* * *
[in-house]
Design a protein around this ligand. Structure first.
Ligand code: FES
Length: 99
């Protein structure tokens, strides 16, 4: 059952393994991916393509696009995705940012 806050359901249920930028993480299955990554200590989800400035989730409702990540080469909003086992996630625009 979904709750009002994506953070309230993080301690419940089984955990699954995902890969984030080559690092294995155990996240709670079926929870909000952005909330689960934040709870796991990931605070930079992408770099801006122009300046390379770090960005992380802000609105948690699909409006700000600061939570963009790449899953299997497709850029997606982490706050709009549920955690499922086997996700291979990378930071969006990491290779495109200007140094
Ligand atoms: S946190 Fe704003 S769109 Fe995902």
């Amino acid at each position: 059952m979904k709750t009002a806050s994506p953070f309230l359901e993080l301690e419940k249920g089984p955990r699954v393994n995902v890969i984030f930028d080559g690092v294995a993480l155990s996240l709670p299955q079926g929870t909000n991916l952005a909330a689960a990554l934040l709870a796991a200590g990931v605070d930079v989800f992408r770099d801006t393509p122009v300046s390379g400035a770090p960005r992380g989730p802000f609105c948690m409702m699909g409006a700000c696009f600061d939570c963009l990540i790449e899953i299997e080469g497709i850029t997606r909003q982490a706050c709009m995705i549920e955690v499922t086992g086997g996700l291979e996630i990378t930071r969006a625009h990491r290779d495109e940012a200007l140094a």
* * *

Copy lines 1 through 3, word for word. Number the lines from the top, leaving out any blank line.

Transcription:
[in-house]
Design a protein around this ligand. Structure first.
Ligand code: FES